April 10 (Bloomberg) -- Diamond Bank Plc is planning the biggest fundraising by a Nigerian lender this year as banks seek dollars to finance oil, power and other infrastructure projects, while meeting central bank capital requirements.
The Lagos-based lender plans to raise as much as $750 million in shares or bonds this year to fund more projects and raise its capital adequacy ratio, a measure of financial strength, to between 20 percent and 25 percent, according to Chief Financial Officer Abdulrahman Yinusa. The Central Bank of Nigeria requires a ratio of 15 percent and Diamond Bank’s was 17.3 percent at the end of 2012. Fidelity Bank Plc is planning to issue a $350 million Eurobond to finance infrastructure including power and oil and gas industry projects.
While Nigeria’s banks are returning to profit after the industry came near to collapse in a debt crisis in 2008 and 2009, many lenders need to rebuild their capital adequacy requirements, said Ronak Gadhia, an African equity analyst at Exotix Ltd. in London. Lenders also need access to dollars if they want to benefit from project lending, he said.
“The retail market hasn’t really taken off and most of their loan growth is being driven by big infrastructure lending or big projects in the oil and gas industry or the power industry which everyone seems to be getting excited about,” Gadhia said in a phone interview yesterday. “A lot of that lending has to happen in dollars.”
Nigeria, Africa’s top oil producer, is selling majority stakes in power plants and letting private investors acquire holding of as much as 60 percent in six transmission and 11 power distribution companies spun out of the former state-owned utility.
Banks have also increased lending to the oil industry as smaller producers increased drilling activity as they seek to boost output. Companies including London-based Heritage Oil Plc and Lagos-based Neconde Energy Ltd. bought stakes in fields owned by Royal Dutch Shell Plc, Eni SpA and Total SA.
“Confidence is returning on the Nigerian capital market, likewise returns, which is good for what we want to do,” Yinusa said in a phone interview yesterday. “Returns on Nigerian international debt instruments like the Eurobonds have been impressive, likewise investor interest, that for us gives us a chance.”
The Nigerian Stock Exchange All-Share Index has advanced 20 percent this year, the third-best performance in Africa, according to data compiled by Bloomberg. Yields on the West African nation’s Eurobonds have fallen 29 basis points this month to 4.06 percent, the lowest since Feb. 1.
Central Bank of Nigeria Governor Lamido Sanusi fired the chief executive officers of eight of the country’s 24 lenders in 2009 and the government set up the Asset Management Corp. of Nigeria in 2010 to buy bad debts from the country’s banks, including a 25 billion-naira ($159 million) loan Diamond Bank had extended to Geometric Power Ltd., a power generation company.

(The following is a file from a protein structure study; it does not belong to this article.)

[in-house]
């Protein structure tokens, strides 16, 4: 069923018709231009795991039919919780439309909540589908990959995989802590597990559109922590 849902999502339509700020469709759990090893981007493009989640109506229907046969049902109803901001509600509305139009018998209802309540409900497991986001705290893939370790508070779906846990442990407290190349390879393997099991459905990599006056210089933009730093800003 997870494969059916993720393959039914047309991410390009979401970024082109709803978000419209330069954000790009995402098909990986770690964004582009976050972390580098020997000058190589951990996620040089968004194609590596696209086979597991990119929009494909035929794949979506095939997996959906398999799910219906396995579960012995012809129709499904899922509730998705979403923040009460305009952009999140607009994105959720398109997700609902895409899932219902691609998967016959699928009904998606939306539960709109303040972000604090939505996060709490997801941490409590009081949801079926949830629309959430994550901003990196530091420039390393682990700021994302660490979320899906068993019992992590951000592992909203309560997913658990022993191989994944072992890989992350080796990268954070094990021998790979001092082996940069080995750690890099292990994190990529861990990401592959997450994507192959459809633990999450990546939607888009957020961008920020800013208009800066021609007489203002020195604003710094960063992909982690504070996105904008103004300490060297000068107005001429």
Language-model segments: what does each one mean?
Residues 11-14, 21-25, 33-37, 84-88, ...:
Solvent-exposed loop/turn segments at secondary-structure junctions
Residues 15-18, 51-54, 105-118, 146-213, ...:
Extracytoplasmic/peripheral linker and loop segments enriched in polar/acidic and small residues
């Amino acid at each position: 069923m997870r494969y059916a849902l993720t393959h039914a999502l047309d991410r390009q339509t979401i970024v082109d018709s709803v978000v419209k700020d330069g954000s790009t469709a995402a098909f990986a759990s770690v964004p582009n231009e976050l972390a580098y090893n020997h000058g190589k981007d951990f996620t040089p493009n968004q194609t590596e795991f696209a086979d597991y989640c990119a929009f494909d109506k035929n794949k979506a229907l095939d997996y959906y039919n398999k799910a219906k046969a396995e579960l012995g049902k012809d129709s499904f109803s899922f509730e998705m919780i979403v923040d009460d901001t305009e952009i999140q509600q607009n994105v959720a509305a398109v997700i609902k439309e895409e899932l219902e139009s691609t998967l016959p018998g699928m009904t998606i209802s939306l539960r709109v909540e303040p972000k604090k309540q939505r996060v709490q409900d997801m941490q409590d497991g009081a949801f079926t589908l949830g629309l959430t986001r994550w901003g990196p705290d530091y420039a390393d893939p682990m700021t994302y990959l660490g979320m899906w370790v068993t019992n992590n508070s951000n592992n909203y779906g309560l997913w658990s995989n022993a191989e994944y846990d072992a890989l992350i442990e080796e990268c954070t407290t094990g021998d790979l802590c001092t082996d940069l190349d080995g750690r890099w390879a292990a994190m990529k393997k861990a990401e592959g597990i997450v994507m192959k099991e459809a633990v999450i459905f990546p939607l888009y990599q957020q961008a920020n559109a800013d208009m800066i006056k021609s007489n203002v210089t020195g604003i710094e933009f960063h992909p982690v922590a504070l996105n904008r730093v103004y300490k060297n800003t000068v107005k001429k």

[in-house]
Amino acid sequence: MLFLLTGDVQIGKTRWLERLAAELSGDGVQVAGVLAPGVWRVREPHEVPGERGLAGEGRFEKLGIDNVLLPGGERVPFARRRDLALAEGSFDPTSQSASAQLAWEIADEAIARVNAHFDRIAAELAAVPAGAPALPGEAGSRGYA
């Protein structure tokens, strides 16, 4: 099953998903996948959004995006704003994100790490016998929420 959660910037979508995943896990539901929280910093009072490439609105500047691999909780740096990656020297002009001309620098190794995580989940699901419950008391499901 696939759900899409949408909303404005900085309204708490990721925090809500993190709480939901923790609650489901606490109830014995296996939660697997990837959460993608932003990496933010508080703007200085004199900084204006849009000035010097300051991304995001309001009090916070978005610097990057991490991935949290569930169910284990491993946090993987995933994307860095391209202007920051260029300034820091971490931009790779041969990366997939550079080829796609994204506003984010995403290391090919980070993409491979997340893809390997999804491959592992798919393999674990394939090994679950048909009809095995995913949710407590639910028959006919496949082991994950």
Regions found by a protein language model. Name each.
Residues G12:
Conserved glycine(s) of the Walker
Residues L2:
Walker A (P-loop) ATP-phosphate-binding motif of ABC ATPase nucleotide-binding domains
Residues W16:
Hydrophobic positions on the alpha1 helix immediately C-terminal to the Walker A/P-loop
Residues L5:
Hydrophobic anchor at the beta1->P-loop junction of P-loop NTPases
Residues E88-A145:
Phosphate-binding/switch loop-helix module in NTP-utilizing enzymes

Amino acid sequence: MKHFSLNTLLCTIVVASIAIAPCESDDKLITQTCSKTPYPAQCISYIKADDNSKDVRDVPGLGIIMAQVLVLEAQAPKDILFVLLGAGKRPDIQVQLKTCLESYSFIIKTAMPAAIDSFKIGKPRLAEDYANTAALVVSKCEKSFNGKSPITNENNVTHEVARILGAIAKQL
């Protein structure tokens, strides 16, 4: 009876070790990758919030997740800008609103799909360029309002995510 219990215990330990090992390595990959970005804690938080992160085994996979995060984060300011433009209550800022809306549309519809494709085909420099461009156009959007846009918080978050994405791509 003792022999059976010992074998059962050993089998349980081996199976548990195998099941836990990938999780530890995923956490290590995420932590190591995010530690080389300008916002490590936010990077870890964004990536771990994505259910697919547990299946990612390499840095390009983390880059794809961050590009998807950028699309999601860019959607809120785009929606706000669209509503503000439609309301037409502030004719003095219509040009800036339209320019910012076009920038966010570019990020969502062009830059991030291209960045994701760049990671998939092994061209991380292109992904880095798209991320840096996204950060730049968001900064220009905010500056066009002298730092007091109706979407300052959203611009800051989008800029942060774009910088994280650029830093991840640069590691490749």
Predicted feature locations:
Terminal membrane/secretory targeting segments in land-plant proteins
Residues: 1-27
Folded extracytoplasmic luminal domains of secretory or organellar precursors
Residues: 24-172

The lender’s shares, which dropped 10 percent to 5.67 naira at the close in Lagos, Nigeria’s commercial capital, have tumbled 22 percent in the past three days, the biggest drop over that time period since the stock was listed in May 2005. That trims the advance this year to 15 percent. The Bloomberg Nigerian Stock Exchange Banking 10 Index, which tracks the country’s 10 largest lenders, has also risen 15 percent.
“It’s going to bring about some dilution to shareholders, that’s what you’re seeing in the share price,” Adeolu Omotola, an equity analyst at Asset and Resource Management Company Ltd., said by telephone from Lagos yesterday. “On the one hand it’s opportunity driven, but on the other hand it’s almost a necessity as the capital is looking low.”
Diamond Bank raised its annual loan-growth target last year to 40 percent from 20 percent. The bank reported yesterday that full-year 2012 net income rose 61 percent to 22.1 billion naira as loans to customers surged 51 percent. Diamond raised $200 million last year, less than the $500 million it had initially sought, Yinusa said.
“That we raised only $200 million last year out of about $500 million we wanted was a matter of choice,” said Yinusa. “We had an issue with the pricing of the instrument at a point and also, about the appropriate time to proceed with the fundraising, so we stopped.”
While Diamond Bank should be able to raise this year’s target amount “they need to get a bit clearer about how much equity they’ll be raising and how much debt they will be raising,” said Gadhia. “If I was a current shareholder and the bank said we’re going to the market and raising more money at this level I’d be disappointed.”